Published Sep 07, 2016Since opening its doors in 1999, London nightclub Fabric has become a legendary destination for electronic music fans looking to have late-night fun, as well as the starting point for the esteemed independent record label launched in 2001 under the same name. Today (September 7), though, the club has been ordered to permanently shut down operations.
Earlier this summer, there were two separate drug-related deaths at the club. In the weeks since the 18-year-old boys died, the club has been temporarily closed and undergone an independent review, as well as being the target of covert police investigations. Despite supporters' campaign to #savefabric, the Islington borough council permanently revoked Fabric's licence today, claiming that searches performed by the club's security staff had been "inadequate and in breach of licence."
Undercover police investigations also found Fabric's drug policies and intervention strategies to be subpar. "Staff intervention and security was grossly inadequate in light of the overwhelming evidence that it was abundantly obvious that patrons in the club were on drugs and manifesting symptoms showing that they were," the decision reads [via The Guardian]."This included sweating, glazed red eyes and staring into space, and people asking for help."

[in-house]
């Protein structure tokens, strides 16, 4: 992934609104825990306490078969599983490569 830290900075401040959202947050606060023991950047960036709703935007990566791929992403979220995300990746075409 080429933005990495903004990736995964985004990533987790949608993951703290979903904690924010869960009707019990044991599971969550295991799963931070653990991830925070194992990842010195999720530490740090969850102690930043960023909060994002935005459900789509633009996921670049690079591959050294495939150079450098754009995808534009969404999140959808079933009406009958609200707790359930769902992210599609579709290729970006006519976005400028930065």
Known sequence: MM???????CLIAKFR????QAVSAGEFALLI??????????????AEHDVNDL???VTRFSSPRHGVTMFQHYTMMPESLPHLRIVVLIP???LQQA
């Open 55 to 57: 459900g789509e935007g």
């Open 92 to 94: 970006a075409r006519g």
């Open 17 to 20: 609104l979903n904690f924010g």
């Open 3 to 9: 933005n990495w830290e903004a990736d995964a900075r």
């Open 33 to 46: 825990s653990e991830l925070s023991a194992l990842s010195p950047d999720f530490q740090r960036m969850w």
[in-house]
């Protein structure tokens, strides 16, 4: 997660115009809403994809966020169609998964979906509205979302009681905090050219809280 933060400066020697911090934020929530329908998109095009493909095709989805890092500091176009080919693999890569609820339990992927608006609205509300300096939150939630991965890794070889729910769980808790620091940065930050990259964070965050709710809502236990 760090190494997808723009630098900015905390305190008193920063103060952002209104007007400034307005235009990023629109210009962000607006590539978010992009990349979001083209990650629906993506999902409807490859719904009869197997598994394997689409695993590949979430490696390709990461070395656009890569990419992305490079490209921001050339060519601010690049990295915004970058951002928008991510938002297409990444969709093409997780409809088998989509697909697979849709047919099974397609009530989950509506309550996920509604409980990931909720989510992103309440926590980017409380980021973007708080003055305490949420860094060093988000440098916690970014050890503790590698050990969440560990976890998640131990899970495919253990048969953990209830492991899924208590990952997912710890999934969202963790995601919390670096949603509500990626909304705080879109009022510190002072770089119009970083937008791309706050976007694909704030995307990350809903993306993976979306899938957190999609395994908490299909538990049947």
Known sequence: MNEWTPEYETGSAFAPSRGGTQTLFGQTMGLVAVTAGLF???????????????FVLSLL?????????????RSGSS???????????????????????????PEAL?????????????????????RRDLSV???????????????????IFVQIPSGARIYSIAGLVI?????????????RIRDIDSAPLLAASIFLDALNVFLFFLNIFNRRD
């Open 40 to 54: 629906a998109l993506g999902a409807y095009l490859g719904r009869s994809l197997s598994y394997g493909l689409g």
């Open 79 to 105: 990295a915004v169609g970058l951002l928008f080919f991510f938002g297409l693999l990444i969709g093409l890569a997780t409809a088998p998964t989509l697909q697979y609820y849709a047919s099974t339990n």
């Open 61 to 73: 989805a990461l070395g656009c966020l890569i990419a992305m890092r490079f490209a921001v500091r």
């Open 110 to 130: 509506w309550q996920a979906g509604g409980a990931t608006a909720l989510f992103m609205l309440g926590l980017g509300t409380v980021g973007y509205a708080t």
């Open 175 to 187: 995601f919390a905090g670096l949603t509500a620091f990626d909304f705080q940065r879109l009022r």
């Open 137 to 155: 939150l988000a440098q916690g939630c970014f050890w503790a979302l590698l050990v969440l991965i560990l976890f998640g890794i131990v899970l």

Following the deaths at Fabric, London mayor Sadiq Khan voiced his support for finding a solution that would allow Fabric and similar clubs to continue to operate under safer conditions.
"London's iconic clubs are an essential part of our cultural landscape," he told The Guardian prior to today's ruling. "My team have spoken to all involved in the current situation and I am urging them to find a common sense solution that ensures the club remains open while protecting the safety of those who want to enjoy London's clubbing scene."
Fabric has responded to the licence review hearing, thanking supporters for their now futile efforts to save the club. The full statement reads:
We are extremely disappointed with Islington Council's decision to revoke our license. This is an especially sad day for those who have supported us, particularly the 250 staff who will now lose their jobs. Closing fabric is not the answer to the drug-related problems clubs like ours are working to prevent, and sets a troubling precedent for the future of London's night time economy.
We want to also say a huge thank you to the support we received, 150,000 of you signed the petition to support us and London's nightlife. All of our community – fellow promoters, artists, venues, friends, magazines, blogs, ravers all our family have backed us online offering up their platforms and resources – we have been deeply touched by seeing you all rally together behind us.
It's too early to comment on what our next step will be, but for now we have asked Resident Advisor to issue refunds for all the upcoming events we have sold tickets for.